Five Ways To Prepare For A Recession

Almost half of U.S. chief financial officers believe a recession will strike the U.S. economy by the end of 2019, with the tight labor market and growing trade tensions driving economic jitters among corporate America. Additionally, more than 80% of U.S. CFOs think a recession will strike by the end of 2020, according to the Duke University/CFO Global Business Outlook survey released Wednesday. (source: wsj)

While there has been a significant amount of good news about the economy, the heightened market volatility, rising interest rates, and companies now having trouble to find and keep qualified employees has many people nervous.  Not to mention the fact that it seems there isn’t a week that goes by where CNBC doesn’t have a scroll at the bottom saying, “Global Worries Send Markets Downward”.

We can never predict exactly when a recession will hit us, but here are five tips to prepare for a downturn in the economy.

Get your emergency reserve to 6 to 12 months of cash

  • More possible layoffs/reorganizations- you should prepare that if your company might go through a layoff period or a complete restructuring of the company to cut cost.  Ask yourself where you stand in the pecking order and if there is a possibility your department or division could be part of the reorganization.
  • Lots of online banks now offering 2%- many online banks including Ally Bank, CIT Bank, etc. are offering savings accounts north of 2%.  This could be a good place to store the excess emergency reserves until you see how your financial situation shakes out.

Pay off rising interest rate debt

  • HELOC’s – Home Equity Lines Of Credit- not only are HELOC’s not tax deductible anymore, there’s a good chance your line of credit has topped north of 7%.  Since you are not going to be able to find a guaranteed investment at that interest rate, it’s best to try to pay this down now.
  • Credit Cards/Private student debt- with interest rates climbing higher and higher, you should read your student loan and credit card statements to see what interest rate you are paying.  Some of these credit cards will now be charging you over 20% to finance the purchases that you made.  This should be one of the first places to put your excess cash.

Get to the doctor early in the year

  • If you have good health insurance, benefits- use it- you won’t really have any idea right now if you’ll be at an employer that has good insurance let alone insurance at all. If you are forced to the exchange, you might have health insurance that isn’t at the same level of what you have today or the network of doctors you use currently.  Get your medical, dental, and vision appointments done early in the year.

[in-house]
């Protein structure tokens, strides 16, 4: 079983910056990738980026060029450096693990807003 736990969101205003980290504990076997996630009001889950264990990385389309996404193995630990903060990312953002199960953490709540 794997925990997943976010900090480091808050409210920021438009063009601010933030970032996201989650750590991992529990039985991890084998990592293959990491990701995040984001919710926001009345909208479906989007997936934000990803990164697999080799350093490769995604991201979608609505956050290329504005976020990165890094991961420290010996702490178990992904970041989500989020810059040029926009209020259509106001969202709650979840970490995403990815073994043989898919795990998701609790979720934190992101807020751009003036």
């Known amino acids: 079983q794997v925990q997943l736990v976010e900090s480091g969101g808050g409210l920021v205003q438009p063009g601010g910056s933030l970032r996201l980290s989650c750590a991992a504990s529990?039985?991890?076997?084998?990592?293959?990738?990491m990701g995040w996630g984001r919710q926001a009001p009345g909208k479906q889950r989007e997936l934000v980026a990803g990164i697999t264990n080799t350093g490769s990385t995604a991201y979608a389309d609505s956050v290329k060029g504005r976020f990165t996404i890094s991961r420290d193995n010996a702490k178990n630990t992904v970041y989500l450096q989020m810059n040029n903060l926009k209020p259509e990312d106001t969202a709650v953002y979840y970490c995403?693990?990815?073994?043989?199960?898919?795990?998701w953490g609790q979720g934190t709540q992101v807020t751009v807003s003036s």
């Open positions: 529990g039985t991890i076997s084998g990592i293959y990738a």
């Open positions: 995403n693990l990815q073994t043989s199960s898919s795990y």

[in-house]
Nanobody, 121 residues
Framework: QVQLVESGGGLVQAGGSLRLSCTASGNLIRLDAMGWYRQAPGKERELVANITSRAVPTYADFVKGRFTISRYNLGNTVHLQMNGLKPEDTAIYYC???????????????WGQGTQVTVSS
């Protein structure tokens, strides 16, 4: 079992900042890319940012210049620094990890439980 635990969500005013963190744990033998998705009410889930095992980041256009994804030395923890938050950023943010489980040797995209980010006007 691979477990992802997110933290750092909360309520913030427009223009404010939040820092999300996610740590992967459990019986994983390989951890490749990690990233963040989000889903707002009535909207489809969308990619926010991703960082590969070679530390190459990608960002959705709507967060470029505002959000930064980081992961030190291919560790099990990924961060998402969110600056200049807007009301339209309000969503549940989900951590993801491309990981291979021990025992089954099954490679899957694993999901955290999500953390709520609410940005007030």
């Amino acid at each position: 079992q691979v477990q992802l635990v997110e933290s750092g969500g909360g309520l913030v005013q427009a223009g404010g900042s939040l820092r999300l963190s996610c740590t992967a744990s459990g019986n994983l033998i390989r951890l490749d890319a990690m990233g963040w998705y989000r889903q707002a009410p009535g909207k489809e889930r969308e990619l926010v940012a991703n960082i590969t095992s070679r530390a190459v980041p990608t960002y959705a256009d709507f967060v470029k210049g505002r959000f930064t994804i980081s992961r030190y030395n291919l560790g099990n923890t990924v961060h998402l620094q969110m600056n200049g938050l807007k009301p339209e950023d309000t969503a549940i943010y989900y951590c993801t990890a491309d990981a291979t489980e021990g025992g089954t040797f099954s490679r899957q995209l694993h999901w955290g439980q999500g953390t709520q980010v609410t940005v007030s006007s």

Reassess The Risk Of Your Investments

  • Could you withstand another 50% hit if the markets collapse? – how quickly we forget what happened in 2008.  This is a good time to review your overall asset allocation.
  • Should you start taking some profit on what you made the last 10 years? – it’s generally pretty easy to know when to buy investments, but it’s hard to know when to walk away from the table.  This could be a great time to take some profit and grab some dinner while you wait to see what happens.

Get prepared to hit the job market

  • Clean up your resume- if you need to start interviewing again or hiring a headhunter, it will be smart to have your resume professionally done and ready to go. Some of you haven’t done this in more than a decade.
  • Build up your connections on LinkedIn- There is a cool Google Chrome extension called Dux-Soup that can help you maximize your connections on LinkedIn.  Remember, it is about who you know not what you know if you need to get a job.

If you want to discuss the possibility of a recession happening and what financial moves to make, just hit me up at ted@oxygenfinancial.net

About the author  ⁄ Ted Jenkin @ Your Smart Money Moves

Ted Jenkin @ Your Smart Money Moves


My friends and family all think I’m a workaholic, but I say I’m just a guy that loves to help people do better in life.

My mother is still the only one that calls me by my real name Theodore Michael, my wife calls me Teddy, but for the rest of you it is just plain old Ted.

Ever since I was a little kid, I always loved money and being an entrepreneur. In fact, I still have cassette tapes of me talking to my grandmother at the age of five and my mother tells me all the time how much I played with money as a kid...

Read More About Ted Here

Ted Jenkin is a frequent guest columnist for the Wall Street Journal and Headline News Weekend Express. He is the co-CEO of oXYGen Financial. You can follow him on LinkedIn @ www.linkedin.com/in/theceoadvisor or on Twitter @tedjenkin.

Securities offered through Kestra Investment Services, LLC (Kestra IS), member FINRA/SIPC. Investment advisory services offered through Kestra Advisory Services, LLC (Kestra AS), an affiliate of Kestra IS. oXYGen Financial is not affiliated with Kestra IS or Kestra AS. Kestra IS and Kestra AS do not provide tax or legal advice.

The opinions expressed in this commentary are those of the author and may not necessarily reflect those held by Kestra Investment Services, LLC or Kestra Advisory Services, LLC. This is for general information only and is not intended to provide specific investment advice or recommendations for any individual. It is suggested that you consult your financial professional, attorney, or tax advisor regarding your individual situation. 

Background and qualification information is available at FINRA's BrokerCheck website.

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